Prehistoric flint mines to be added to UNESCO list

Buried in the Holy Cross Mountains, “Krzemionki” is a monument which dates back 6,000 years. Precious banded flint, a mineral discovered by archaeologists not to be found anywhere else in the world, used to be mined here.

The prehistoric banded flint mines in Krzemionki will most likely be added to the prestigious UNESCO World Heritage List within a few years. The facility was recently put on the Polish information list created by the World Heritage Committee in our country.

“Procedures and the preparation of relevant documents should take another two to four years before Krzemionki can be put on the UNESCO list. Of course, it is for the UNESCO Committee to make the final decision. However, we believe that our facility deserves this distinction because it is unique compared to other European flint mines,” Magdalena Głąb from the Promotion Department of the Archaeological Museum in Krzemionki told Poland.pl. “In the process of inclusion on the World Heritage List, the good will of the Polish state, which nominated us, is very important,” she adds.

Banded flint is an unusual mineral. It formed about 150 million years ago, in the era of dinosaurs and has survived to our time mainly in the form of so-called concretions, or oval stones integrated into the Jurassic sediments, like raisins stuck in dough. And these “raisins” were what the Neolithic miners, who began to drill shafts in the rocks of the Holy Cross Mountains almost 6000 years ago, were looking for. The unique striped pattern of this mineral contributed to its great popularity, which lasted until the second millennium BC. Brought by traders, decorative axes, knives, chisels and sickles reached territories beyond the Oder and the Dnieper. Archaeologists found them on sites across Central Europe, even 600 km away from Krzemionki. Banded flint, which can be found only in Krzemionki and its immediate vicinity, has become a very valuable mineral, a stone sought both for its utility and – as archaeologists claim – magic.

“In Europe, five more flint mines have been discovered, but none of them, except for ours, was mining banded flint and was as technologically advanced as Krzemionki,” says Magdalena Głąb.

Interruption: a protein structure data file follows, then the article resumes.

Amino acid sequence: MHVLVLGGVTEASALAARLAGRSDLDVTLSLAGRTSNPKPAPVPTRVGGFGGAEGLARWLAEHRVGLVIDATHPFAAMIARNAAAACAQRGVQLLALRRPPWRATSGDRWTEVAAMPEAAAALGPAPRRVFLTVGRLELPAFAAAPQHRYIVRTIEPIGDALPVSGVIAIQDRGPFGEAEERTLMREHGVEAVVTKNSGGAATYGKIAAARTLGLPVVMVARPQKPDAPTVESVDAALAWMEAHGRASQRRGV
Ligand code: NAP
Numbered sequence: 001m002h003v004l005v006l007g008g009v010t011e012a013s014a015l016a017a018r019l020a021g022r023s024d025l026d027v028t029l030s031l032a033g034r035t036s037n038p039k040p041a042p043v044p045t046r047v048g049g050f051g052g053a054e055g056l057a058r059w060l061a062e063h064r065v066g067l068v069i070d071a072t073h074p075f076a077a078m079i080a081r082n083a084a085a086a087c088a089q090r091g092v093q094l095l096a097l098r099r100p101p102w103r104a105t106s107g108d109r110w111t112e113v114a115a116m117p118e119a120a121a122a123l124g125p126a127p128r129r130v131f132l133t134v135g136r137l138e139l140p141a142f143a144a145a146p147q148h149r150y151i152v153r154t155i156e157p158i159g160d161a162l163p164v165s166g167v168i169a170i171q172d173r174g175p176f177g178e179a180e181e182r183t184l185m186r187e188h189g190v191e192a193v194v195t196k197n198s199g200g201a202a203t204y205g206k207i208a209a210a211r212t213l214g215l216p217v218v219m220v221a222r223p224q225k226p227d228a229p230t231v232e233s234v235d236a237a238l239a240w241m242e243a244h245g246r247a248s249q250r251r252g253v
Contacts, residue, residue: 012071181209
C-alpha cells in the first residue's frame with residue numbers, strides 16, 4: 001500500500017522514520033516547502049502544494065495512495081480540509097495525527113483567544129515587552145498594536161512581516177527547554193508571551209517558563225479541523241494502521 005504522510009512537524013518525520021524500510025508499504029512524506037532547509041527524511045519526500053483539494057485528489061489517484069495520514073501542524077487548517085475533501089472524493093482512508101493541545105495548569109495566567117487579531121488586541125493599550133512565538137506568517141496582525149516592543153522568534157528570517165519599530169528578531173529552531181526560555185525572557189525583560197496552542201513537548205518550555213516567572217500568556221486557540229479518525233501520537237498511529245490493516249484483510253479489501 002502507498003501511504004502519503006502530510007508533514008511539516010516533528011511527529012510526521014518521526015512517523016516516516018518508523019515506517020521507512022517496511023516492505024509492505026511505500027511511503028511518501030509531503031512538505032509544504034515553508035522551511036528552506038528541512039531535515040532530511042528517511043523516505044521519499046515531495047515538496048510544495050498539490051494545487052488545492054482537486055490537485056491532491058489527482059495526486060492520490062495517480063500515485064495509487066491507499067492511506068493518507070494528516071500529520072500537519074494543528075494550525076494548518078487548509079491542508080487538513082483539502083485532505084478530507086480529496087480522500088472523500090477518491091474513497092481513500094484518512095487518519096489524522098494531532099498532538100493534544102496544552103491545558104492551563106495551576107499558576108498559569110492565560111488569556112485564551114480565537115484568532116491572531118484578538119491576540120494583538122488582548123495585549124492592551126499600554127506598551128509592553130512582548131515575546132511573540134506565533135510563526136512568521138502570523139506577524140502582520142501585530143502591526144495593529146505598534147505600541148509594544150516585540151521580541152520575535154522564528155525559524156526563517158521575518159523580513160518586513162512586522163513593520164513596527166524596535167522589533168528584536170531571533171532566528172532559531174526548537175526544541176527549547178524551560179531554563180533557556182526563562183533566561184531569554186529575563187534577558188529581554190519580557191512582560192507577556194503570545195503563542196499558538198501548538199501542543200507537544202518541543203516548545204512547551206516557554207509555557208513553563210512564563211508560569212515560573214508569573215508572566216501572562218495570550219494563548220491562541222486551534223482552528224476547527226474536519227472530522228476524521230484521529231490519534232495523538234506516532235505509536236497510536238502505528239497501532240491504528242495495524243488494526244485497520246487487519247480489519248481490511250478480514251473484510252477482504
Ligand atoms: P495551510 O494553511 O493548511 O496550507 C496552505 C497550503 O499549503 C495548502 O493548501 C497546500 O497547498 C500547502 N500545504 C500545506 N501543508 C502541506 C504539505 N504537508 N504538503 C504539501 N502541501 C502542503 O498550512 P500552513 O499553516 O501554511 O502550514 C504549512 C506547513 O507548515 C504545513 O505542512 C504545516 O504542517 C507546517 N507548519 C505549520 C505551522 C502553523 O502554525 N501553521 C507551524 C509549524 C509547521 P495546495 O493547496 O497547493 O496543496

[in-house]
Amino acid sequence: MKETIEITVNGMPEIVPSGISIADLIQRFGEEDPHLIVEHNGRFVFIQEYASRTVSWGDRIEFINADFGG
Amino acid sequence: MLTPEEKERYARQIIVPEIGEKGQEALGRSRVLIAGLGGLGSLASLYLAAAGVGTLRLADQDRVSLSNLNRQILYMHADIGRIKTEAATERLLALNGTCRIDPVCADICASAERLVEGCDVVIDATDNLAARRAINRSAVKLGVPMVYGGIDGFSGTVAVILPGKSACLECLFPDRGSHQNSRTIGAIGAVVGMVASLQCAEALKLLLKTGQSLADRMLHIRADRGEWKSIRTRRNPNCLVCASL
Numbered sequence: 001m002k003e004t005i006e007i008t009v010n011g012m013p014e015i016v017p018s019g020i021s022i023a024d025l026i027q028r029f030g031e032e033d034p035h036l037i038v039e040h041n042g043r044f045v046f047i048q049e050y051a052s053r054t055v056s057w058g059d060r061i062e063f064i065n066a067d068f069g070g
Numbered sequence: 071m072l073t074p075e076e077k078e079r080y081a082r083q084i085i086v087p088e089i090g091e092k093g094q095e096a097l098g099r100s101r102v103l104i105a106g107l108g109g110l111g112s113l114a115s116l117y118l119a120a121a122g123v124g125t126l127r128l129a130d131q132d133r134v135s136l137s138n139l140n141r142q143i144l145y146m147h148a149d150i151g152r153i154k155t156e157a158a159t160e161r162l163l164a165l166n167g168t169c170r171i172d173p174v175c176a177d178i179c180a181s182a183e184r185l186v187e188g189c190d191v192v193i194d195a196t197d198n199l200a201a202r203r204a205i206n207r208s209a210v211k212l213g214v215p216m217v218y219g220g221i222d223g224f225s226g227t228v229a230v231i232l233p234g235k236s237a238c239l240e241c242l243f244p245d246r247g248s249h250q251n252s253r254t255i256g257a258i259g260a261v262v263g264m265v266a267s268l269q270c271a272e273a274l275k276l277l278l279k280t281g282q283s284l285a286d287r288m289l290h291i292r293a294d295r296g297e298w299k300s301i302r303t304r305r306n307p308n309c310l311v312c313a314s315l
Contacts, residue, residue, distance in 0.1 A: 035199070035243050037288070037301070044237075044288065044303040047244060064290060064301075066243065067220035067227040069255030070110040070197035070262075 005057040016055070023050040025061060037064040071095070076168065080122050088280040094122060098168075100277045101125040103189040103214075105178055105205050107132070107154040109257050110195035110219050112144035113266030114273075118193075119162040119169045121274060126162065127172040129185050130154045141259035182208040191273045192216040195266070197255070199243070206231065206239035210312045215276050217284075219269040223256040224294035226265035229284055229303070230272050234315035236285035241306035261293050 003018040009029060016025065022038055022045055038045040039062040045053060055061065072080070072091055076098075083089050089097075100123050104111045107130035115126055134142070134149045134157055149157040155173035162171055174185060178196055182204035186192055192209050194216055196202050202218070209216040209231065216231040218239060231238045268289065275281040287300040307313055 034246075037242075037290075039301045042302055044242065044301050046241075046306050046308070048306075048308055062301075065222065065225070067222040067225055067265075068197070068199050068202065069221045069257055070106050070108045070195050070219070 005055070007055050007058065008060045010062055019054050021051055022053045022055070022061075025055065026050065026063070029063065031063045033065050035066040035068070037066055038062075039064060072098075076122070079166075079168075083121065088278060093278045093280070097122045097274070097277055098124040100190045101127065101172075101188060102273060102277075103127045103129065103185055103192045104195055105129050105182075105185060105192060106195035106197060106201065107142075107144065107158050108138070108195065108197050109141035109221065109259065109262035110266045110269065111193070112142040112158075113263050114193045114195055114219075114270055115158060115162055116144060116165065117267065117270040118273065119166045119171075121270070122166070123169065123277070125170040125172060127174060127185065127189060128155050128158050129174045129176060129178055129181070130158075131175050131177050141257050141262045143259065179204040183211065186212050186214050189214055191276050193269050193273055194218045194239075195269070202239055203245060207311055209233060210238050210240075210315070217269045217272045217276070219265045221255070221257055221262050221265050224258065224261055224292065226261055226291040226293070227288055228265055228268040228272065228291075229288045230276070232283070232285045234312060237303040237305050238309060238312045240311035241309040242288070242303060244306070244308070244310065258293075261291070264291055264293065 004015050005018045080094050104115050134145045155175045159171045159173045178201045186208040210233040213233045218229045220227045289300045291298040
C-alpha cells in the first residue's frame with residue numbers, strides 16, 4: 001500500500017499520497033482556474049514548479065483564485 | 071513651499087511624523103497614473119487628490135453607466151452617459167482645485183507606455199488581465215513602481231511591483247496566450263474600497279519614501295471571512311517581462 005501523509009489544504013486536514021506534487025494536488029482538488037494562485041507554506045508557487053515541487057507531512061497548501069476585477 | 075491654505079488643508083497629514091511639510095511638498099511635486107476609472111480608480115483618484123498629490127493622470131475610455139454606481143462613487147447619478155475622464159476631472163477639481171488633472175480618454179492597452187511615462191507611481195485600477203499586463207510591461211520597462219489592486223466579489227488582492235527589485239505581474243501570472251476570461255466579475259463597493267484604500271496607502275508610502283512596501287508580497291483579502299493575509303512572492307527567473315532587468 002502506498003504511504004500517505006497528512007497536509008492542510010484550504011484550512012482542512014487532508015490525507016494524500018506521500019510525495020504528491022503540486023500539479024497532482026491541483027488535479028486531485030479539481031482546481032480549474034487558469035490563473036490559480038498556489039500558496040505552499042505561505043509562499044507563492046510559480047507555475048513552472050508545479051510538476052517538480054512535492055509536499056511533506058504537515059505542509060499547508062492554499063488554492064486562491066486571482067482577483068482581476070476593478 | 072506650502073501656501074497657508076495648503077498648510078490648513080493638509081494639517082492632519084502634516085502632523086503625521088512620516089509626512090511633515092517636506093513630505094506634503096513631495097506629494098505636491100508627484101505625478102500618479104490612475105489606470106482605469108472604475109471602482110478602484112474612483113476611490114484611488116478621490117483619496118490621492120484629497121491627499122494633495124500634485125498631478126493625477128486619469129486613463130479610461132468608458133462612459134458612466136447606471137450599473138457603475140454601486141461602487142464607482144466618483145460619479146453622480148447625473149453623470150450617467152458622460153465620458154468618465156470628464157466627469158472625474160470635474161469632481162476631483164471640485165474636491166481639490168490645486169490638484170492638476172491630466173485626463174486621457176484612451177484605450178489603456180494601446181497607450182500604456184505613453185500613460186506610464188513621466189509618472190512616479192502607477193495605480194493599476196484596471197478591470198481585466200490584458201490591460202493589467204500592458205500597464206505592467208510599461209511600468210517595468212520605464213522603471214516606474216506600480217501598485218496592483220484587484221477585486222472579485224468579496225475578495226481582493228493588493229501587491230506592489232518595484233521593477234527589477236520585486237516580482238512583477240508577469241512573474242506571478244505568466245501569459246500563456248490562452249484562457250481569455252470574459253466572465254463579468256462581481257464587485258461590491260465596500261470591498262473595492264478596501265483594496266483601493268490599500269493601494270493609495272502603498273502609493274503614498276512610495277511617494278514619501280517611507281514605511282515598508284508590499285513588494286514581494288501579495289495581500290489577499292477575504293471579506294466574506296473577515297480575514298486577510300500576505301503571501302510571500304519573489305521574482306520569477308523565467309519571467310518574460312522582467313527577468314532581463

The expert explains that the Neolithic flint mines located in Belgium and Great Britain are collections of simple pits. Underground tunnels, extending radially from the main shaft were drilled additionally only on Polish territory. If you wanted to compare it to something, you could imagine an umbrella laid canopy up without the material cover.

The fact that this was a large centre is proven by the discovery of more than 4,000 mine shafts occupying an area of 78.5 ha! The largest ones are 9 meters in depth, and individual underground excavations reach up to several hundred square meters.

Right next to the shafts, flints used to be processed in mine workshops – they were turned into blades of axes or knives. The houses situated nearby provided board and lodging for the miners. Even though the mines were not used simultaneously, it is still clearly visible that a really large, at that time, mining centre was operating here in the early Bronze Age (from approx. 3900 to 1600 BC).

Today, there is an underground tourist route which is almost 500 meters long, and is 11.5 meters at its deepest point, connecting several excavations on the area of this extraordinary mine. It enables us to see the section of well-preserved tunnels and rock paintings made by prehistoric miners that are still clearly visible, including the image of the Great Mother Goddess used as the museum's logo.

The underground tourist route in Krzemionki is the only facility of its kind in the world open to the public. This facility is under archaeological and nature conservation. It was also recognised as a Monument of the History of Poland.

Aleksandra Stanisławska